Looking 20 years later, the SNHU Arena has seven upcoming events scheduled. Both their AHL Team (moved) and Arena Football 2 team (collapsed) are no longer present, which was about 65-70% of attendees to the arena at their peak (less as time went on, degradation of that interest was severe). Working there for a decade, I can say with some confidence that it hasn't been anything but a sporadic contributor to the city for probably at least 5 years as better venues/locations began booking bands, the arena became less appealing as a destination, and sports either left or collapsed. I would imagine the first ten hot years probably brought a lot to Manchester but it was also a heavy commuter experience: people weren't exactly planning vacations to NH (for the most part - there are always exceptions) to go to most of the things the arena had. I imagine the local dining options and bars definitely had a nice uptick on those days, but there's such a huge difference between 10 events and 100 for them, even if a lot of those prior events were minor league sports.

I think there's a lot of arguments that can be made for Buffalo to cave on this but I struggle to think any of them are economic. Generally, I'd expect the secondary advantages of having a big attraction are that you have other things around to justify the bigger trip. Like, if I'm a visiting fan, I'm much more liable to pony up for a flight to, hotels in, restaurants in a place like Vegas or Nashville or Miami (ok, not Miami for me but general population) where I can spend a few days and enjoy a bunch of other things.

Edit: One other consideration that isn't strictly economic is the space of it all. An NFL Stadium is going to use a substantial amount of space and, beyond the pure space it occupies, the existence of it will necessitate many times that space available in parking, roads, etc. This isn't necessarily a negative consideration to Buffalo (there is a stadium already in place so the infrastructure exists) - it's hard for me to imagine what they could use the space for that brings in as many people, but it is worth thinking about in that it has to be a reduction in property spacing for something: housing, public works, private enterprise, etc.Thinking back to NH, the arena required 10 or so businesses to vacate a stripmall/plaza and they used street parking for most of the remaining options so the footprint was small...I don't imagine that's the case for stadium deals.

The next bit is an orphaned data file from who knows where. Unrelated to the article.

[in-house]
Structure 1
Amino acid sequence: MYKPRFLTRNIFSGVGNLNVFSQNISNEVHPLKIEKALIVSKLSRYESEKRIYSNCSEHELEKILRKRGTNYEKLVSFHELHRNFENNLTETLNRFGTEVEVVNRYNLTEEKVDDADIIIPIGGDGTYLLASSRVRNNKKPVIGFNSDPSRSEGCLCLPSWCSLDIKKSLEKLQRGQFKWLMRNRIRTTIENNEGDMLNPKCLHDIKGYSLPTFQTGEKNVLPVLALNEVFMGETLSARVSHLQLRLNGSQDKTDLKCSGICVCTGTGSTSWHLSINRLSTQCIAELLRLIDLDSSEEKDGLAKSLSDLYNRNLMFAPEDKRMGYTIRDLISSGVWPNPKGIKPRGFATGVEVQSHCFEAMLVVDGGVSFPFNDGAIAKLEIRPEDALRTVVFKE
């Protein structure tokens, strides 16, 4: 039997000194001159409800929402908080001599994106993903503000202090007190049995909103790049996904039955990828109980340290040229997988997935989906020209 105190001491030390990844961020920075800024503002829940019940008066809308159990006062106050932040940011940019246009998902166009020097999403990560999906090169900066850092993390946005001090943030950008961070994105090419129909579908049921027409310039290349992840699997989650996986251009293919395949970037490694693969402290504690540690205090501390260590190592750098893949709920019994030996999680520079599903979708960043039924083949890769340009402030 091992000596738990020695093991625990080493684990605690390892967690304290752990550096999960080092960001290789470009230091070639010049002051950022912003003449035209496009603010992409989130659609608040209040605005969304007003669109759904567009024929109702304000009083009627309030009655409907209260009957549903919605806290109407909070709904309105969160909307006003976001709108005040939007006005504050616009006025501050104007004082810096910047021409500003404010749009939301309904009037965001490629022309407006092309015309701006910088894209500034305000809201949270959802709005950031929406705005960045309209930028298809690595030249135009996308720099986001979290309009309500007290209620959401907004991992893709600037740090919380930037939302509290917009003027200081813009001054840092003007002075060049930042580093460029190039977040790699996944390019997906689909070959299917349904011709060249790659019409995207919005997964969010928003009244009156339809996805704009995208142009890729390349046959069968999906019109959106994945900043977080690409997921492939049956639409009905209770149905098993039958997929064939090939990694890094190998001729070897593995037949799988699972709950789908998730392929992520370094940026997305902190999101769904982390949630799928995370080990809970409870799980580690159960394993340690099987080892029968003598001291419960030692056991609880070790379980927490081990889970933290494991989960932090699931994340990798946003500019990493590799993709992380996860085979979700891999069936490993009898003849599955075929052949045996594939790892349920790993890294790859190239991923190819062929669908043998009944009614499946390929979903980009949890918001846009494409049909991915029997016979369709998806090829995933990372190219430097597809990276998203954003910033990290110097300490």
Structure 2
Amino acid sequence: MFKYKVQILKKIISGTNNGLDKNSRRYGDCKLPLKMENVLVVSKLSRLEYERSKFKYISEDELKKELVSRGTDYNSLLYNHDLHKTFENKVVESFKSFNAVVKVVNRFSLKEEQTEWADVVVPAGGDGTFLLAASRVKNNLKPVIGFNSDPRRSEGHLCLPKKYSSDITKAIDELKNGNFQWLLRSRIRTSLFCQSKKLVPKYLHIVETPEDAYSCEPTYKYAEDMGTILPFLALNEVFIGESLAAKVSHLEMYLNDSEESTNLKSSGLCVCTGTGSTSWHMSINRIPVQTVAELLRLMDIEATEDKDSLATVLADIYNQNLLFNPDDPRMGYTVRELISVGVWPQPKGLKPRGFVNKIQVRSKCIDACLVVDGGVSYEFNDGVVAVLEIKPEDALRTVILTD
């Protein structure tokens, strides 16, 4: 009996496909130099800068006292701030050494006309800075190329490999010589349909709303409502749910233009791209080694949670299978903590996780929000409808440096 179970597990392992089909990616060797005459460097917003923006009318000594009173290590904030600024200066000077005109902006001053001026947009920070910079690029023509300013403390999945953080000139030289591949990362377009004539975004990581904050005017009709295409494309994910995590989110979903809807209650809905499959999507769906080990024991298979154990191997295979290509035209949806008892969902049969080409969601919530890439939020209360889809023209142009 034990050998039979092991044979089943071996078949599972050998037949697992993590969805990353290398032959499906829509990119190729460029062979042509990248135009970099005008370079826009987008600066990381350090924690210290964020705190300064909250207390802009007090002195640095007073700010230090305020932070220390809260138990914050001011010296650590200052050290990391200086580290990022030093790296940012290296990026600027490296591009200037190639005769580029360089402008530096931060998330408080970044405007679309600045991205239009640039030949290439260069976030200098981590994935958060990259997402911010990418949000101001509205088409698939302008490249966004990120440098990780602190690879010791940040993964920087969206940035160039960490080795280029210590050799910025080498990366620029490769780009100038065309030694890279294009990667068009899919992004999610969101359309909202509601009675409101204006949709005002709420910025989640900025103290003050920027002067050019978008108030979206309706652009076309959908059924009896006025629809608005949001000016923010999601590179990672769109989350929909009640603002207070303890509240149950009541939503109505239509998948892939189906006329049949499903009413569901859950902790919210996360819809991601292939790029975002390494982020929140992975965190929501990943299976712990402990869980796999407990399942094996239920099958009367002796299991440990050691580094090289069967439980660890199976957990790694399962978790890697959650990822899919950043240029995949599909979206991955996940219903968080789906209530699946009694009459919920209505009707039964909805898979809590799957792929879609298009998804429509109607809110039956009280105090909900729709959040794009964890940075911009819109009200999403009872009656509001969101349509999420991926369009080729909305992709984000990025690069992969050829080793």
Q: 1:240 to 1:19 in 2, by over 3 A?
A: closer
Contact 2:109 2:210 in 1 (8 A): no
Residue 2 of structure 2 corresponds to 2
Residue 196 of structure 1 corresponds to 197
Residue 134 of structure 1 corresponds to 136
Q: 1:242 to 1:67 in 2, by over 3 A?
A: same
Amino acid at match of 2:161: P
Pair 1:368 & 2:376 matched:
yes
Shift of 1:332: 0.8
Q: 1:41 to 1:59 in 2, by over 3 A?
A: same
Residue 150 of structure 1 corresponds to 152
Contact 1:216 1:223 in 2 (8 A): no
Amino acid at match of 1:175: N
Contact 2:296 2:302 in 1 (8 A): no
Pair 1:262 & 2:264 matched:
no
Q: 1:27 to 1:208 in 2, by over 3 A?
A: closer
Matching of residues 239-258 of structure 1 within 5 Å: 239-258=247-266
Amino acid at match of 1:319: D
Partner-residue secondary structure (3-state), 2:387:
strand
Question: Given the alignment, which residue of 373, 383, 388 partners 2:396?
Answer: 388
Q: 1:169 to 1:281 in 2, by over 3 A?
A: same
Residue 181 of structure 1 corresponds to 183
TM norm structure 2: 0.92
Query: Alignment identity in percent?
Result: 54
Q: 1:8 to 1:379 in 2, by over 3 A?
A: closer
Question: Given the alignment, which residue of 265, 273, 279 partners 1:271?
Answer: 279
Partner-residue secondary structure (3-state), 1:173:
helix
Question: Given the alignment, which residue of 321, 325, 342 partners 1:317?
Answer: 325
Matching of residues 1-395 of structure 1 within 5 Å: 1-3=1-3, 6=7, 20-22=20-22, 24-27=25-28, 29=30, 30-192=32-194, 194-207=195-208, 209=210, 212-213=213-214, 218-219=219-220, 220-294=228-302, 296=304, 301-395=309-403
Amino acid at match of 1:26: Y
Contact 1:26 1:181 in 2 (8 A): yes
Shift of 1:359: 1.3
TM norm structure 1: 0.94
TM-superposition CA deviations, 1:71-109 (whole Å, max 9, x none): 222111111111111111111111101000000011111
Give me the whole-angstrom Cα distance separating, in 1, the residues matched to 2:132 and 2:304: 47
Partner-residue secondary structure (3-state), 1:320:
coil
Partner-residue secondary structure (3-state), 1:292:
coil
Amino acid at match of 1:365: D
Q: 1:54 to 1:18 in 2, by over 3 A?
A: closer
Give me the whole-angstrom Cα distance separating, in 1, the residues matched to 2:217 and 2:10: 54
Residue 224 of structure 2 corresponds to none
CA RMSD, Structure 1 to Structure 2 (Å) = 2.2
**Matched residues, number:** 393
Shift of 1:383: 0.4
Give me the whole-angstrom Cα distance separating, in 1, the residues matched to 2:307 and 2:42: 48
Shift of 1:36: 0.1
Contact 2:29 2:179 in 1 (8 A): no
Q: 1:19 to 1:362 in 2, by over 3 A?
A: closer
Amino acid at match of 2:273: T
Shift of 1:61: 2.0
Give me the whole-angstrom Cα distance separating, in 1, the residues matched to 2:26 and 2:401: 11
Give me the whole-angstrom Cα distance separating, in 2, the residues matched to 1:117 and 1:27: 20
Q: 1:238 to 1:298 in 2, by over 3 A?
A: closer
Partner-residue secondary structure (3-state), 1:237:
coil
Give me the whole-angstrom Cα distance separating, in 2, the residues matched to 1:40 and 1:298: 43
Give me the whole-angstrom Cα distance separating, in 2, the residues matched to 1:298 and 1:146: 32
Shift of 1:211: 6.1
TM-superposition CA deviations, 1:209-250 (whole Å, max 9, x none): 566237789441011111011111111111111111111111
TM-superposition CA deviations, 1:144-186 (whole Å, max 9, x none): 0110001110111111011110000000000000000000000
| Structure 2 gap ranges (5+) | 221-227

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mauf

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I want to start by saying you are a great poster and I enjoy your contributions to this forum.

But right now you sound like a climate change denier. There are mountains of studies saying stadium deals never benefit the community and very few if any in support of such deals.

They are always bad deals. People do not live in Buffalo because of the Bills and if they did not spend money on the Bills they would spend there money on something else in the area. Americans are terrible at saving money.

Now if the community wants to invest 800 million in a mixed use development, or better schooling or support for disadvantage communities the return to the local economy would be exponentially better than this stadium.

These deals are bad for society and should never happen.

Maybe you should set the ad hominems aside and address his substantive argument. If only a moron would think any stadium or arena deal was a good idea, why are some communities that lost their sports teams (or let them go) trying to lure other teams to take their place? Shouldn’t they be reaping the supposedly obvious benefits of not playing this game and laughing at other communities that are still trying to lure or keep teams?

Any good analysis reduces the data to an easily understandable conclusion so that discussion can focus on the things the data don’t measure. The studies you allude to demonstrate that stadium and arena deals don’t produce a good ROI relative to other public investments; no one here is claiming otherwise. The question, then, is whether hard-to-quantify benefits make at least some of these stadium or arena deals worthwhile. I’m skeptical, but to me that’s a judgment best made by the folks in the local community who are footing the bill. Anyone who has spent any time in western New York understands that the Bills are a source of regional pride that’s often in short supply; it’s not crazy to think that has a value that transcends a dollars-and-cents analysis.
 

Silverdude2167

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Maybe you should set the ad hominems aside and address his substantive argument. If only a moron would think any stadium or arena deal was a good idea, why are some communities that lost their sports teams (or let them go) trying to lure other teams to take their place? Shouldn’t they be reaping the supposedly obvious benefits of not playing this game and laughing at other communities that are still trying to lure or keep teams?

Any good analysis reduces the data to an easily understandable conclusion so that discussion can focus on the things the data don’t measure. The studies you allude to demonstrate that stadium and arena deals don’t produce a good ROI relative to other public investments; no one here is claiming otherwise. The question, then, is whether hard-to-quantify benefits make at least some of these stadium or arena deals worthwhile. I’m skeptical, but to me that’s a judgment best made by the folks in the local community who are footing the bill. Anyone who has spent any time in western New York understands that the Bills are a source of regional pride that’s often in short supply; it’s not crazy to think that has a value that transcends a dollars-and-cents analysis.
Sports teams are status symbols and make politicians look good and losing a team is a bad look to low information voters. That is why cities try to get the teams and fight so hard to keep them. It is not about benefiting the community, it is about politicians staying in power.